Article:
Remember about two months ago when I posted something about break ups, wondering why they have to be so cruel? I've now gone through another break up since then and wanted to follow up on my previous thoughts.
Quick synopsis in case you're too lazy to go read the full post: I was saying that I didn't understand why breakups have to be mean, why people feel a need to hurt each other in them. "I mean, if two people were together, there was a reason. There was something about each other that they liked and the fact is that that part of them doesn’t go away or change just because they go their separate ways."
The entire reason I'm posting this is not because Kevin and I ended badly. Quite the opposite, in fact. Our break up, which was mutual and entirely peaceful, entirely reaffirmed my belief that people can be friends after a breakup, even when they're older. I realized after On Breaking Up, Part 1, that my main example of a close friend after a break up was my best friend Travis -- but we dated in high school, when relationships are less serious, and it made me wonder if age had some factor in it. As in, is it harder to move on if you (whether or not you consciously realized it) were taking this relationship more seriously, thinking that now that you're in college (or beyond), this could be the person you're going to marry? And if so, does that make it more okay to be mean to one another?
Kevin and I weren't considering getting married, let's get that straight now, but we still could have been rude, we could have been cruel, we could have gotten angry and done really mean things to each other through it. But we didn't, and we didn't see the point in doing it. We knew we had been together for a reason, and that reason didn't change -- our proximity to each other did. (It was the distance that did us in. Sad days, huh?) On my last post on this subject, Judi said "I'm of the opinion that there's really nothing wrong with getting angry. Anger provides us information and sometimes direction. It can help us transition through change to get where we need to go. That being said, what we DO with anger can be a major problem, of course." I don't think I could have said it better (which is why I quoted her).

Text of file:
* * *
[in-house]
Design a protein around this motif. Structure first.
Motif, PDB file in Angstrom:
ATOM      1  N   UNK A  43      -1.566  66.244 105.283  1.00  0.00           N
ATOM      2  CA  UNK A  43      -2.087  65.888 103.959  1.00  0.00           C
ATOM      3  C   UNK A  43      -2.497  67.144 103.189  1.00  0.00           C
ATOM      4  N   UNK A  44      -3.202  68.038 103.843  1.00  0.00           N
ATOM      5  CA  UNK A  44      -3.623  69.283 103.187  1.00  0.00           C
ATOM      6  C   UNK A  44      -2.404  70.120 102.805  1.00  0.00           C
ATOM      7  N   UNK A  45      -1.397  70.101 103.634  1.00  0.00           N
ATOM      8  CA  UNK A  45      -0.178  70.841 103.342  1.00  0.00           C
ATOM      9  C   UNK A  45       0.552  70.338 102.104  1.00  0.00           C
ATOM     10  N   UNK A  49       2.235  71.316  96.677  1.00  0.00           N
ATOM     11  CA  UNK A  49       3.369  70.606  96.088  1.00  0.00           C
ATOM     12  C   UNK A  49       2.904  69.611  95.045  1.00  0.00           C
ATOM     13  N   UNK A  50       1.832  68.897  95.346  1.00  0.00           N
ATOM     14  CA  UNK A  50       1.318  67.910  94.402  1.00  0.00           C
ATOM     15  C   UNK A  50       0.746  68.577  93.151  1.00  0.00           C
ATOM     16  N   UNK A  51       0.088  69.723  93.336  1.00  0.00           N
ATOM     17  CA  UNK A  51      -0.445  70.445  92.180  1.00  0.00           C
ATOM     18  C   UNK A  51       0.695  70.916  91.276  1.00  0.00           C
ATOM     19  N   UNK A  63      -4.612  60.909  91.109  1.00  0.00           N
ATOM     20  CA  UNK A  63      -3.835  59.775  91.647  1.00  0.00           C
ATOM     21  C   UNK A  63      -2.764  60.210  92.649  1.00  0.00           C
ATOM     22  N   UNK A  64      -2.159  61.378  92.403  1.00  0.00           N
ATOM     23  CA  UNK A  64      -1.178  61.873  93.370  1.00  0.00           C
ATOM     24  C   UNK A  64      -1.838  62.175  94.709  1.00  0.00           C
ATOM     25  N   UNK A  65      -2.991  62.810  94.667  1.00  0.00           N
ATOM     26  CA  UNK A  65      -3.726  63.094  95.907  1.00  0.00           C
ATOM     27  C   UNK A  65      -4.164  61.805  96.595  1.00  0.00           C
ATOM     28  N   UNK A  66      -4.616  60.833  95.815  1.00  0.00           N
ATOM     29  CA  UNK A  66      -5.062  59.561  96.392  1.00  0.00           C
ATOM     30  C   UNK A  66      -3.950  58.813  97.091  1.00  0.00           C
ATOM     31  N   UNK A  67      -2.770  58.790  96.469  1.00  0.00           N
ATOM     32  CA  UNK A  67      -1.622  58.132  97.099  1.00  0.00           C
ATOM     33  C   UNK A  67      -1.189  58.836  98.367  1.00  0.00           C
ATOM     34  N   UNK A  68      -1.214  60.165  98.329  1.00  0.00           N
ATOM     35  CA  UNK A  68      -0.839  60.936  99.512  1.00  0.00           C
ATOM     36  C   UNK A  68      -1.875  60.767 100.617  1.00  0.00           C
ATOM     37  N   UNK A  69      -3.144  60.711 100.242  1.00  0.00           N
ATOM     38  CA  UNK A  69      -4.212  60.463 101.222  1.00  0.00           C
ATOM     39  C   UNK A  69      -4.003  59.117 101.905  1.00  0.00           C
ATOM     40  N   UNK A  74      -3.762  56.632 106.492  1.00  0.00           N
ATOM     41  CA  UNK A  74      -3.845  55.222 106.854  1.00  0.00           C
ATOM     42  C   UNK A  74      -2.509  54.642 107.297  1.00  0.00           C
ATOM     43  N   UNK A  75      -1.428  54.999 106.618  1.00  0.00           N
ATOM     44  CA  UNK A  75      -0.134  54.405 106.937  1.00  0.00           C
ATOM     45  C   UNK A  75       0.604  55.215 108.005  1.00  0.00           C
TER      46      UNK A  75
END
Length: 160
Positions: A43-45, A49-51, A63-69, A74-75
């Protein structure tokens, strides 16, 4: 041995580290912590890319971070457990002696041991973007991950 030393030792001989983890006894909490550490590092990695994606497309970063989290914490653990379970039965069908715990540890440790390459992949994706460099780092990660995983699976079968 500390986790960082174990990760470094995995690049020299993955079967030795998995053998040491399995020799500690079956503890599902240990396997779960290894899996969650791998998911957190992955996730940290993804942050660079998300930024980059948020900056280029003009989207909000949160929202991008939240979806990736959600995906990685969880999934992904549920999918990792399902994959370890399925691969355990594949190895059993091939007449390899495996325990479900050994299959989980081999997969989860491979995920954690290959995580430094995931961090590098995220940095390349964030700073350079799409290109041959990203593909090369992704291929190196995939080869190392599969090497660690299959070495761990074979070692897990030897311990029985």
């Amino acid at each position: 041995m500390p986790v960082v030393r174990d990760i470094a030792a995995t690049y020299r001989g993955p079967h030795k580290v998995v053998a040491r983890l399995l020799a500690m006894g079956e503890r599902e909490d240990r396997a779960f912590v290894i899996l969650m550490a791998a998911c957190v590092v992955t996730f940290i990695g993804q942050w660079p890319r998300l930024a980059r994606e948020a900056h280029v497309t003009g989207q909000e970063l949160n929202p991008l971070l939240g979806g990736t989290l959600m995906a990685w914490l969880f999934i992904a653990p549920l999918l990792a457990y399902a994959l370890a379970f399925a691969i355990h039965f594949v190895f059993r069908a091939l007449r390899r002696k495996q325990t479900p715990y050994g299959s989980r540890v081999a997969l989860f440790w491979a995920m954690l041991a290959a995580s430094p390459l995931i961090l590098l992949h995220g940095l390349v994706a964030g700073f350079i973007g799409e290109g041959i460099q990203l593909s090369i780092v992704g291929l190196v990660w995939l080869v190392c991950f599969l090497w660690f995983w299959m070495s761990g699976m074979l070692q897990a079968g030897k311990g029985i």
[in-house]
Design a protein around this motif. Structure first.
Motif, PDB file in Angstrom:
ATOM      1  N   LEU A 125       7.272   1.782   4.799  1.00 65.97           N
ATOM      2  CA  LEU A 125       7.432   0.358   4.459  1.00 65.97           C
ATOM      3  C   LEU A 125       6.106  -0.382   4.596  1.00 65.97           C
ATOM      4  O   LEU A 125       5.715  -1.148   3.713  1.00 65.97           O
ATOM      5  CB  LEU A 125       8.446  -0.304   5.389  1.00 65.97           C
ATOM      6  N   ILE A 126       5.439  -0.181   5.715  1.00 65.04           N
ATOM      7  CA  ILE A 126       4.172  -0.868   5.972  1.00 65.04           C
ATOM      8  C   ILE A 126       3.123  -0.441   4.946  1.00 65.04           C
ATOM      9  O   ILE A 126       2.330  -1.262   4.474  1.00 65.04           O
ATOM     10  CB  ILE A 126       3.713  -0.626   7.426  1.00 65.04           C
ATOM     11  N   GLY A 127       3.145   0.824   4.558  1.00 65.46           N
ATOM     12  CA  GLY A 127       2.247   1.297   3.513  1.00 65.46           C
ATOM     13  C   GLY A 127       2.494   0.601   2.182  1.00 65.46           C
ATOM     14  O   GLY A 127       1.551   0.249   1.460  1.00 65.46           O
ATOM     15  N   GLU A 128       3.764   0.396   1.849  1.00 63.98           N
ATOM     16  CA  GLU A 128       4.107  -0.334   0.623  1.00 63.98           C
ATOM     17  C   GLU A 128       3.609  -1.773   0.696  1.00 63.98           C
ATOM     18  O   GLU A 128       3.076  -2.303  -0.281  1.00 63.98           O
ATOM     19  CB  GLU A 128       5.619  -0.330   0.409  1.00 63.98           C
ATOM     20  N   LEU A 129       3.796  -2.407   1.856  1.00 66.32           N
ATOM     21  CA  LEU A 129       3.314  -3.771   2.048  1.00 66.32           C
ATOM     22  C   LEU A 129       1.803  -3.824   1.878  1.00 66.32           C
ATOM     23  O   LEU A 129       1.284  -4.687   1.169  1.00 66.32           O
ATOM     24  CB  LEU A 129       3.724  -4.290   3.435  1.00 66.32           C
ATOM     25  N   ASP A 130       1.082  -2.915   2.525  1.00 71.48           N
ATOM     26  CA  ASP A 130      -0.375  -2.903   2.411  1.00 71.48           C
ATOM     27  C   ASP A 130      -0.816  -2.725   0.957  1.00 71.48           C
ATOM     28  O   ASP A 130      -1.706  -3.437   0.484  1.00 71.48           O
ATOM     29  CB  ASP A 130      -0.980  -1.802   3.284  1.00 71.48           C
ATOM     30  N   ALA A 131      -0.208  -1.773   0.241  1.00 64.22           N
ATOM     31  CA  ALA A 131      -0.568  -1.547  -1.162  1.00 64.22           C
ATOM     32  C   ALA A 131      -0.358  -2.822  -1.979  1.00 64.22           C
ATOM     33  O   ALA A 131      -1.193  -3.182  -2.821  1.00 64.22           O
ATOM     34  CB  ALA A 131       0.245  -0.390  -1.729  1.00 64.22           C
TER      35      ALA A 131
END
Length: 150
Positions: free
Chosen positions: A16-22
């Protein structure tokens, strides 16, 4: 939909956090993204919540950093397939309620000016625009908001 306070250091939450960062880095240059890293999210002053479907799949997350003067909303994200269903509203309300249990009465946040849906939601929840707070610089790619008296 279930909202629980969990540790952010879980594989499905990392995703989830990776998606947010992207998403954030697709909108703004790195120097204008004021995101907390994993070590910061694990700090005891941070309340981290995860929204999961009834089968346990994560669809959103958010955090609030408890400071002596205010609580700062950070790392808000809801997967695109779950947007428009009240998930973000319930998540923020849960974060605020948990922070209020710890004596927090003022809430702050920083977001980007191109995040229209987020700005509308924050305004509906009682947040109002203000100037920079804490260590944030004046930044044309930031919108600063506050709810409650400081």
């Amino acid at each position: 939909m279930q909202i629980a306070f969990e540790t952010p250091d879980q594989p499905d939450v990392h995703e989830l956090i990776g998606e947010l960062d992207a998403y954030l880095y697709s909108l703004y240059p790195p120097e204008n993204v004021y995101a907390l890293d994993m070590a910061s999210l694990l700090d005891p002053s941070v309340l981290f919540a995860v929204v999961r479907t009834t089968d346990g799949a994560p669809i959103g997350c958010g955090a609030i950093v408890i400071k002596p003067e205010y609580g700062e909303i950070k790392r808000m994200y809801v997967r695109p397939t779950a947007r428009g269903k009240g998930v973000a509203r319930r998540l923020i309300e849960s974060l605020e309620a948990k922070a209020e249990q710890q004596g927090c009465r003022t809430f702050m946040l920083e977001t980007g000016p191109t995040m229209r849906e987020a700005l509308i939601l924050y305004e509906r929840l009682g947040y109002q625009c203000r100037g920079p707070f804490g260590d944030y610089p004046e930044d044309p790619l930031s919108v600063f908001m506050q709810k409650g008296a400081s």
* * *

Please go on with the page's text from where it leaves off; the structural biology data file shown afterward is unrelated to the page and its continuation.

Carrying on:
I've asked this once before, but I'll ask it again: What is it about break ups do you think makes people treat each other like crap? Are there any significant factors in why some people stay friends and some people can't do that?
You guys know this, but I should say it anyways: That photo is not mine, it's from the poster for the movie The Break Up, which if you haven't seen that you NEED to. :]